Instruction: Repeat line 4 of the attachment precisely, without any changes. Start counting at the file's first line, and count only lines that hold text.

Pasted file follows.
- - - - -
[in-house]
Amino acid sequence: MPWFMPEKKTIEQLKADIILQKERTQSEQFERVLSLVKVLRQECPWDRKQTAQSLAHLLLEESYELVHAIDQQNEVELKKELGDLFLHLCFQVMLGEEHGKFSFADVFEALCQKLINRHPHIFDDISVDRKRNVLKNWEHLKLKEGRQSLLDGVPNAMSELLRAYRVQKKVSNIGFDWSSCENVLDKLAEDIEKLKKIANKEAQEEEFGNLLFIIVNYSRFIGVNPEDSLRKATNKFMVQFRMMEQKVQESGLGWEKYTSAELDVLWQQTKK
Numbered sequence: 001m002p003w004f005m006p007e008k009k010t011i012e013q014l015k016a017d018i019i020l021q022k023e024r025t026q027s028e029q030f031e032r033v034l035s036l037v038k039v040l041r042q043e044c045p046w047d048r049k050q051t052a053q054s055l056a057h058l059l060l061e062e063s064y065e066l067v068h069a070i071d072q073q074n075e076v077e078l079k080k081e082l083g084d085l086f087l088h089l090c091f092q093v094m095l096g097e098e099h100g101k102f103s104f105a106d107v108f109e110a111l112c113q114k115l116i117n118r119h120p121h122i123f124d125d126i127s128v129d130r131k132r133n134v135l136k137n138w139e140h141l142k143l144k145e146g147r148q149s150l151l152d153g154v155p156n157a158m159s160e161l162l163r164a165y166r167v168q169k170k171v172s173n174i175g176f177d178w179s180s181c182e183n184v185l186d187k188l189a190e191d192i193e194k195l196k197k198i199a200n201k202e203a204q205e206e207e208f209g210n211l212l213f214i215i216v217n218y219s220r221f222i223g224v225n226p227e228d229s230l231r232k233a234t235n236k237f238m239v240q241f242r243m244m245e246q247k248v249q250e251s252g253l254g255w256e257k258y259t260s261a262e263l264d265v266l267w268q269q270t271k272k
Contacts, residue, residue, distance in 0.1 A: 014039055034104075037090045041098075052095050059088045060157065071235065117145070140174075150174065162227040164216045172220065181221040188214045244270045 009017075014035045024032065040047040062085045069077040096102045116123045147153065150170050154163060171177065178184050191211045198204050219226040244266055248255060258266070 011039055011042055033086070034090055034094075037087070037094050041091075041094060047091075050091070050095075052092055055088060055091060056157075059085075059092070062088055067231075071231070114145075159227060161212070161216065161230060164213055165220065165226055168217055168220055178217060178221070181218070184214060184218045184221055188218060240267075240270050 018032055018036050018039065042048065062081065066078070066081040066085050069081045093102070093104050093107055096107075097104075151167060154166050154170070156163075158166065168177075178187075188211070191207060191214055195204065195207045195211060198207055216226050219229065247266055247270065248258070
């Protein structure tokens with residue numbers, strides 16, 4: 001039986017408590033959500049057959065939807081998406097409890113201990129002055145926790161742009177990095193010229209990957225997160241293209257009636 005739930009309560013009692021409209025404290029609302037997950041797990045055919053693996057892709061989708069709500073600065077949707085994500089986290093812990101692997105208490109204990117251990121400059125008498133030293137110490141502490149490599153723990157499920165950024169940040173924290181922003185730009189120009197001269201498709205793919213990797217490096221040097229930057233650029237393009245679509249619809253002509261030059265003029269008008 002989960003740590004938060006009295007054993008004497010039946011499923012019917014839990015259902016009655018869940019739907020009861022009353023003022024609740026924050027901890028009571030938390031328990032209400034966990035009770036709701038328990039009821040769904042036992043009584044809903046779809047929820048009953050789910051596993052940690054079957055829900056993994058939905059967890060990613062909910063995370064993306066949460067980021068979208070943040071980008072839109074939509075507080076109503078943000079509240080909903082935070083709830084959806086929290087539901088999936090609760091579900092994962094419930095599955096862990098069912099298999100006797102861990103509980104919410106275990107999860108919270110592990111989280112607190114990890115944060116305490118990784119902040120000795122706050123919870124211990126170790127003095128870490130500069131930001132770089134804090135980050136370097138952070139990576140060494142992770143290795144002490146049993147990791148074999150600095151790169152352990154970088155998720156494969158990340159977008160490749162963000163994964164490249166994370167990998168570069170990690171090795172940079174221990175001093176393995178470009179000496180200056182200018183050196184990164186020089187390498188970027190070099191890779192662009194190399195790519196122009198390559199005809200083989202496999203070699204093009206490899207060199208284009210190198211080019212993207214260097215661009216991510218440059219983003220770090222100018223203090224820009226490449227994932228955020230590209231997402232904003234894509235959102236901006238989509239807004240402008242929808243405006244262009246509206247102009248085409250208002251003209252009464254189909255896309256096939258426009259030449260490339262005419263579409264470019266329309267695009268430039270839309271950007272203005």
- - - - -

Contacts, residue, residue, distance in 0.1 A: 014039055034104075037090045041098075052095050059088045060157065071235065117145070140174075150174065162227040164216045172220065181221040188214045244270045 009017075014035045024032065040047040062085045069077040096102045116123045147153065150170050154163060171177065178184050191211045198204050219226040244266055248255060258266070 011039055011042055033086070034090055034094075037087070037094050041091075041094060047091075050091070050095075052092055055088060055091060056157075059085075059092070062088055067231075071231070114145075159227060161212070161216065161230060164213055165220065165226055168217055168220055178217060178221070181218070184214060184218045184221055188218060240267075240270050 018032055018036050018039065042048065062081065066078070066081040066085050069081045093102070093104050093107055096107075097104075151167060154166050154170070156163075158166065168177075178187075188211070191207060191214055195204065195207045195211060198207055216226050219229065247266055247270065248258070